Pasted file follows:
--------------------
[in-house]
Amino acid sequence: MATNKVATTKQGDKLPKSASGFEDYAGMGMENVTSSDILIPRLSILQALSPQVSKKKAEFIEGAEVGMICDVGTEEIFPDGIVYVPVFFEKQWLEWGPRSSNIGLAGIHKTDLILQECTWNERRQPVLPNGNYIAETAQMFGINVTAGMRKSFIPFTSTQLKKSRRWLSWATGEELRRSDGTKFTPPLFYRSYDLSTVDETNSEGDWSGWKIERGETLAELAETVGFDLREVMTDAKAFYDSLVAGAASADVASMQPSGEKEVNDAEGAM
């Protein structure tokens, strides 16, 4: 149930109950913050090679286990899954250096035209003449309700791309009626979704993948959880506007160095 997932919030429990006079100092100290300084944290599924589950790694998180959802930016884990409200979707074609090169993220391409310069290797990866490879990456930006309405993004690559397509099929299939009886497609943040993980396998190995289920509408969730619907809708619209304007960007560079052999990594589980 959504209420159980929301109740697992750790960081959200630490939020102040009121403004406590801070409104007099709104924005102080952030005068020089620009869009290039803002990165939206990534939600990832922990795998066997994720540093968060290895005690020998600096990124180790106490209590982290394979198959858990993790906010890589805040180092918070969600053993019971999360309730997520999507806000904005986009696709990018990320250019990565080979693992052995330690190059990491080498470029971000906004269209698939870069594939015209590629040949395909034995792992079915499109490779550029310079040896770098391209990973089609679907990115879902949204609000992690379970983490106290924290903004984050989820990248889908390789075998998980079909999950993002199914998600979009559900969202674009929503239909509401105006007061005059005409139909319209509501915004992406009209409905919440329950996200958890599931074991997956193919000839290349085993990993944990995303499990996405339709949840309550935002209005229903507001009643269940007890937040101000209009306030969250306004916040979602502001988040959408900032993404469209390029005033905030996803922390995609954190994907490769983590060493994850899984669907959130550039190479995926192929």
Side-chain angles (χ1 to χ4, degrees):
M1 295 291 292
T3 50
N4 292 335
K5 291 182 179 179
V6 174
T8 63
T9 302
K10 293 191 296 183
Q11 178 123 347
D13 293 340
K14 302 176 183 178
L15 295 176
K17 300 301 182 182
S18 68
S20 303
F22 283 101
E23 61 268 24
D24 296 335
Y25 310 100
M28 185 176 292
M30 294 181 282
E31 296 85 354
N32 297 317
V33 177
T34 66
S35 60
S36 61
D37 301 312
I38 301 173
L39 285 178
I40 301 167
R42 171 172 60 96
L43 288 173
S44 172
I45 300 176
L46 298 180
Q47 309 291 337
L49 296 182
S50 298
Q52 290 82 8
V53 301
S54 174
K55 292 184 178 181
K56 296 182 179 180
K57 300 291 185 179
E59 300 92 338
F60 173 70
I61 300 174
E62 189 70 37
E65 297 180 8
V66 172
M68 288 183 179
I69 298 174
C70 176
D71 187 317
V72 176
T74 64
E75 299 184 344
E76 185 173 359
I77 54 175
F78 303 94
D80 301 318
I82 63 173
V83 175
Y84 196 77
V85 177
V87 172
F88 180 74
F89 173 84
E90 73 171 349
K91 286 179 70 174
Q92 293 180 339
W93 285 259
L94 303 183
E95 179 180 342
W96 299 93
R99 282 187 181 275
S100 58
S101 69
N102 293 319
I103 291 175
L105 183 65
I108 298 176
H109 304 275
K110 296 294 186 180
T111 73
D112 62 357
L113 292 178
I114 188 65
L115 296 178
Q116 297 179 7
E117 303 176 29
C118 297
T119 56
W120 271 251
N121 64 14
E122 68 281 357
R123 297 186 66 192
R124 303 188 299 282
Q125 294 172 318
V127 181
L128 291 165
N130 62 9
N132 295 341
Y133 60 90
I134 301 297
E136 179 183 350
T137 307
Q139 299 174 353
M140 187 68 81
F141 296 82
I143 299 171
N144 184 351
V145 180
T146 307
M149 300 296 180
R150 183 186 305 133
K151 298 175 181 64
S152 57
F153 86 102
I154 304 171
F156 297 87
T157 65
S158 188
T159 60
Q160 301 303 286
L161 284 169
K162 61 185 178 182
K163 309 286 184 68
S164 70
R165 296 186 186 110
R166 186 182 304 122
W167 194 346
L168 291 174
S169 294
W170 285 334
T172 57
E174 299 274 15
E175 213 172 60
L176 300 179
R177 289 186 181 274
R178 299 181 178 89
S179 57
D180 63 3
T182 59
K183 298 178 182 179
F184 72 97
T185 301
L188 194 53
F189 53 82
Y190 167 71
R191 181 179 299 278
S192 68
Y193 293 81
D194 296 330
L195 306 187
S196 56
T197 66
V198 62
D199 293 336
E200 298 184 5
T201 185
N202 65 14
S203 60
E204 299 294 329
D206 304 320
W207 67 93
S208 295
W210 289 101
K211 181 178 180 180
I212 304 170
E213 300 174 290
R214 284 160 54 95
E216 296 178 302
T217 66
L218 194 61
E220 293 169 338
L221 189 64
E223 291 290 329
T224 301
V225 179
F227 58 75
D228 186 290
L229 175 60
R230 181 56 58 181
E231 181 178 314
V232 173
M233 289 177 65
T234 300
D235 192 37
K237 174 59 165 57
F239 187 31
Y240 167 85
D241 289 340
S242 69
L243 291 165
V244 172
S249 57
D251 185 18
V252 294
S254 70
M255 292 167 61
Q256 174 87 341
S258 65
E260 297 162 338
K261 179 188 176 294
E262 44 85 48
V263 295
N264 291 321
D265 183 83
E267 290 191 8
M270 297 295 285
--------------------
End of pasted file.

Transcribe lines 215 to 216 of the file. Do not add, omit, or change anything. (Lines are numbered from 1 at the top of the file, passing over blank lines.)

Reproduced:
E267 290 191 8
M270 297 295 285